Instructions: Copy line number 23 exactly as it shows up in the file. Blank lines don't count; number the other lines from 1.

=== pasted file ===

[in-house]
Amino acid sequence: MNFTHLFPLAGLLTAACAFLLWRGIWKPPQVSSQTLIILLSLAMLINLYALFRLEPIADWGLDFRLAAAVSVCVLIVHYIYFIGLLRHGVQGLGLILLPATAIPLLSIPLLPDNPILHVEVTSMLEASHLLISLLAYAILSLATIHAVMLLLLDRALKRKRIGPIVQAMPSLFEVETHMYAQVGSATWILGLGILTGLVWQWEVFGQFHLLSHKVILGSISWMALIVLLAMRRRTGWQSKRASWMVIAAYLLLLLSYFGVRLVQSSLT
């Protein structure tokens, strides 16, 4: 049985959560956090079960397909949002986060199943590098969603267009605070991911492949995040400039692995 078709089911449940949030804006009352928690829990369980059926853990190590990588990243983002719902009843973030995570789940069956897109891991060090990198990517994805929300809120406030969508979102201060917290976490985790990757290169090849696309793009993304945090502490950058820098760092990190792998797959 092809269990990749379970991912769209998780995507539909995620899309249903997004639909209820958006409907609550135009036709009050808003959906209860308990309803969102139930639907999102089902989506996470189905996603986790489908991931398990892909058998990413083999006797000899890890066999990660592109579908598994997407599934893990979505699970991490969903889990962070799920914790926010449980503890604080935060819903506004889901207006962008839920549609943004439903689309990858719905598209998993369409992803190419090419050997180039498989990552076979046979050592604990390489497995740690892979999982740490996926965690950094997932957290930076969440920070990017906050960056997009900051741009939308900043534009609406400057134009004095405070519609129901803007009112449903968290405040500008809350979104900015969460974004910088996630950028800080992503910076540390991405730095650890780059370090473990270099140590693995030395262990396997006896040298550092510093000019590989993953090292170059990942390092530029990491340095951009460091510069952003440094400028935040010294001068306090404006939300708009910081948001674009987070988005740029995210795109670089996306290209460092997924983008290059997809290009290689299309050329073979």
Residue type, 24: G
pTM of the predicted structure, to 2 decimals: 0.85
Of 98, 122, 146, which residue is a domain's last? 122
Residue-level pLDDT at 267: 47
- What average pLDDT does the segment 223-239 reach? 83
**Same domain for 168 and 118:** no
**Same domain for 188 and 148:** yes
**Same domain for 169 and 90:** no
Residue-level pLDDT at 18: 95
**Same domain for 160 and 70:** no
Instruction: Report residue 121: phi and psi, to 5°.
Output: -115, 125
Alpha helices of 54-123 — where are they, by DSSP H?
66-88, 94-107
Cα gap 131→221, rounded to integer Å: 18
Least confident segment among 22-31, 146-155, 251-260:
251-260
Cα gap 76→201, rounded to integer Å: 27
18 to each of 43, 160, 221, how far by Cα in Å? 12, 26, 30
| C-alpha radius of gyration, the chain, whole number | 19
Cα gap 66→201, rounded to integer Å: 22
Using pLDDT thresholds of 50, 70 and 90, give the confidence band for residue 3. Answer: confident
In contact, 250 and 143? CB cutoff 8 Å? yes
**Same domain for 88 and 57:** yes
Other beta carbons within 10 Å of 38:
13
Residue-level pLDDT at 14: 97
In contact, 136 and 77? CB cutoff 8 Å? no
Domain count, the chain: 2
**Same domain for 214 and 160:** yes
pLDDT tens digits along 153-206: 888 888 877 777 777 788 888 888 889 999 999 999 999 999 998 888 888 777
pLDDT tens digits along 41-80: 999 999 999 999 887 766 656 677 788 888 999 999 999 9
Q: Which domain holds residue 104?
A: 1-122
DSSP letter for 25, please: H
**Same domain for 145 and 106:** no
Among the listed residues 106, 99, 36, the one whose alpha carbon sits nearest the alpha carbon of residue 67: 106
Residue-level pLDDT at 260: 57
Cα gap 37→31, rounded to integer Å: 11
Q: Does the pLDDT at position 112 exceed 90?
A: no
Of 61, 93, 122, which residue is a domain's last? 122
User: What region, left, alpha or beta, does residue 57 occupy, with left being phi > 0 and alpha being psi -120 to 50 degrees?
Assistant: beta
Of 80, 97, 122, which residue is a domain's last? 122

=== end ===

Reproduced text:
| C-alpha radius of gyration, the chain, whole number | 19